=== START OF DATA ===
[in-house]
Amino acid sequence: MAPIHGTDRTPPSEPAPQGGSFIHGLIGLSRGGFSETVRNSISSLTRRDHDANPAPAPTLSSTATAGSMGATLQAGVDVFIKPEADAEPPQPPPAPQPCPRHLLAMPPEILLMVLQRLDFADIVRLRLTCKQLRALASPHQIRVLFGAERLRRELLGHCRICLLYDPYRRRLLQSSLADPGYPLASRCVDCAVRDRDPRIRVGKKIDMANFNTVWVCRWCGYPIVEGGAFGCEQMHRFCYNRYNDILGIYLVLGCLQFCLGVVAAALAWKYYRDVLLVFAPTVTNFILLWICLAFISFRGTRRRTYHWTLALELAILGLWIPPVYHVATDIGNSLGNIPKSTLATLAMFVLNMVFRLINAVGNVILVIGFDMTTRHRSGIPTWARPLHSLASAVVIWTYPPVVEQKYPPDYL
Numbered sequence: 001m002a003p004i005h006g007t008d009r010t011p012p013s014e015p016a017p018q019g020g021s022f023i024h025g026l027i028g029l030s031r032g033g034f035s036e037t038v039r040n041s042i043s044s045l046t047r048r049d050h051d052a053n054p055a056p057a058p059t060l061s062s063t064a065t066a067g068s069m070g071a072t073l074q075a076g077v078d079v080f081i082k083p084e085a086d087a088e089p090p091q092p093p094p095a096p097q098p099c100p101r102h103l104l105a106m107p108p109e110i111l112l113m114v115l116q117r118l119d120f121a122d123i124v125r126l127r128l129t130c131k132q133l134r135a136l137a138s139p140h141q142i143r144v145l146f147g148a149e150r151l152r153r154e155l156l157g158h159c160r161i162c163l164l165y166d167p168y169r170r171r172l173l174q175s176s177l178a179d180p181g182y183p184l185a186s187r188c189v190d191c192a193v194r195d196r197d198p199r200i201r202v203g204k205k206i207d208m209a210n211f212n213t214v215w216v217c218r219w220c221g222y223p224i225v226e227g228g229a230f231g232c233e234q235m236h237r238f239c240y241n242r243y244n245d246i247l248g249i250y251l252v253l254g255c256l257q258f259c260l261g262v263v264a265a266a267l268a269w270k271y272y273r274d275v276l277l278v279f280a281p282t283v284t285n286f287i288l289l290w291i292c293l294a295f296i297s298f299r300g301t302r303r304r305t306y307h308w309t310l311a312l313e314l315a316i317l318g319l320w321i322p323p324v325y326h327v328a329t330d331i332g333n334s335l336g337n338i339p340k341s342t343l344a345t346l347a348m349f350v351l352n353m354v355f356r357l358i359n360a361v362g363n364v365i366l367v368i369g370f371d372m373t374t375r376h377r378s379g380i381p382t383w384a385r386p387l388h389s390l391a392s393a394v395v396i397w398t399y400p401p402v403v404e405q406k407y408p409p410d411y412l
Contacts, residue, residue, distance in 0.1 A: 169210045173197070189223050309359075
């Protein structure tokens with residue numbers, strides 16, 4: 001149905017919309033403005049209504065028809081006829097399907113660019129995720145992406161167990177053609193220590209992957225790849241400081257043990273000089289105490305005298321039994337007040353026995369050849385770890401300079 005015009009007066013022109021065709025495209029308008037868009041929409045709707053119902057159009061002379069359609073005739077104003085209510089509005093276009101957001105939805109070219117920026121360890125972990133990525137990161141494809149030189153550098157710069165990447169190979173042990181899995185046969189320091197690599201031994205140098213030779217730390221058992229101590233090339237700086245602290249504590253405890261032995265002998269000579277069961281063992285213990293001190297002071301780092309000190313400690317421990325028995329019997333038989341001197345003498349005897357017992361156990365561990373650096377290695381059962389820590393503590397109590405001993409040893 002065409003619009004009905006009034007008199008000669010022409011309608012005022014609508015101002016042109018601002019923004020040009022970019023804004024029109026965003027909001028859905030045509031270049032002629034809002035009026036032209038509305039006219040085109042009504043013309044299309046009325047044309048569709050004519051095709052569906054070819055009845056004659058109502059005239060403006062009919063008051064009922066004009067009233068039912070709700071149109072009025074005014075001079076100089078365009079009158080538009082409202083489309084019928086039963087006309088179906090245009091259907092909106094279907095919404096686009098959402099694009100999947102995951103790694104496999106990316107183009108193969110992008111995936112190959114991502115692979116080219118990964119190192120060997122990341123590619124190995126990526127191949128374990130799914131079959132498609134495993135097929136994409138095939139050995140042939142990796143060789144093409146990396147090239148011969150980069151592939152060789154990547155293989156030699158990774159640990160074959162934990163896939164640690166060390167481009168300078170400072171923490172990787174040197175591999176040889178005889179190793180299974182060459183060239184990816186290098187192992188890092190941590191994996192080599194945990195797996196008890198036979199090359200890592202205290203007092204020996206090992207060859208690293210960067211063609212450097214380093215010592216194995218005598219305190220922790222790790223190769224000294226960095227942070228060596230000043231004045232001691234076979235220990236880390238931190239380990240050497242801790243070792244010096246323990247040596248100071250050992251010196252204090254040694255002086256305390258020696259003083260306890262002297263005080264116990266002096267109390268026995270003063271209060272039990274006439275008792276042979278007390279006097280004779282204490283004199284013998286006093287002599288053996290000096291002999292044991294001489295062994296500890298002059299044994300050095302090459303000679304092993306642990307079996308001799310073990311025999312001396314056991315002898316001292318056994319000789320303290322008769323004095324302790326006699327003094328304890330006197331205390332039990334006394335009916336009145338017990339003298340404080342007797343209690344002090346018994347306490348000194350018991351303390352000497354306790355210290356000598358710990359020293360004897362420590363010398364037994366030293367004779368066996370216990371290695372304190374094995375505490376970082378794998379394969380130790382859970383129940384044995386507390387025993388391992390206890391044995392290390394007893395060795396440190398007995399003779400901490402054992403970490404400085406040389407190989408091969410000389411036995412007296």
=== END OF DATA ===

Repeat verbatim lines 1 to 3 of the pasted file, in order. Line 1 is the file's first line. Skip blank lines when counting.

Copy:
[in-house]
Amino acid sequence: MAPIHGTDRTPPSEPAPQGGSFIHGLIGLSRGGFSETVRNSISSLTRRDHDANPAPAPTLSSTATAGSMGATLQAGVDVFIKPEADAEPPQPPPAPQPCPRHLLAMPPEILLMVLQRLDFADIVRLRLTCKQLRALASPHQIRVLFGAERLRRELLGHCRICLLYDPYRRRLLQSSLADPGYPLASRCVDCAVRDRDPRIRVGKKIDMANFNTVWVCRWCGYPIVEGGAFGCEQMHRFCYNRYNDILGIYLVLGCLQFCLGVVAAALAWKYYRDVLLVFAPTVTNFILLWICLAFISFRGTRRRTYHWTLALELAILGLWIPPVYHVATDIGNSLGNIPKSTLATLAMFVLNMVFRLINAVGNVILVIGFDMTTRHRSGIPTWARPLHSLASAVVIWTYPPVVEQKYPPDYL
Numbered sequence: 001m002a003p004i005h006g007t008d009r010t011p012p013s014e015p016a017p018q019g020g021s022f023i024h025g026l027i028g029l030s031r032g033g034f035s036e037t038v039r040n041s042i043s044s045l046t047r048r049d050h051d052a053n054p055a056p057a058p059t060l061s062s063t064a065t066a067g068s069m070g071a072t073l074q075a076g077v078d079v080f081i082k083p084e085a086d087a088e089p090p091q092p093p094p095a096p097q098p099c100p101r102h103l104l105a106m107p108p109e110i111l112l113m114v115l116q117r118l119d120f121a122d123i124v125r126l127r128l129t130c131k132q133l134r135a136l137a138s139p140h141q142i143r144v145l146f147g148a149e150r151l152r153r154e155l156l157g158h159c160r161i162c163l164l165y166d167p168y169r170r171r172l173l174q175s176s177l178a179d180p181g182y183p184l185a186s187r188c189v190d191c192a193v194r195d196r197d198p199r200i201r202v203g204k205k206i207d208m209a210n211f212n213t214v215w216v217c218r219w220c221g222y223p224i225v226e227g228g229a230f231g232c233e234q235m236h237r238f239c240y241n242r243y244n245d246i247l248g249i250y251l252v253l254g255c256l257q258f259c260l261g262v263v264a265a266a267l268a269w270k271y272y273r274d275v276l277l278v279f280a281p282t283v284t285n286f287i288l289l290w291i292c293l294a295f296i297s298f299r300g301t302r303r304r305t306y307h308w309t310l311a312l313e314l315a316i317l318g319l320w321i322p323p324v325y326h327v328a329t330d331i332g333n334s335l336g337n338i339p340k341s342t343l344a345t346l347a348m349f350v351l352n353m354v355f356r357l358i359n360a361v362g363n364v365i366l367v368i369g370f371d372m373t374t375r376h377r378s379g380i381p382t383w384a385r386p387l388h389s390l391a392s393a394v395v396i397w398t399y400p401p402v403v404e405q406k407y408p409p410d411y412l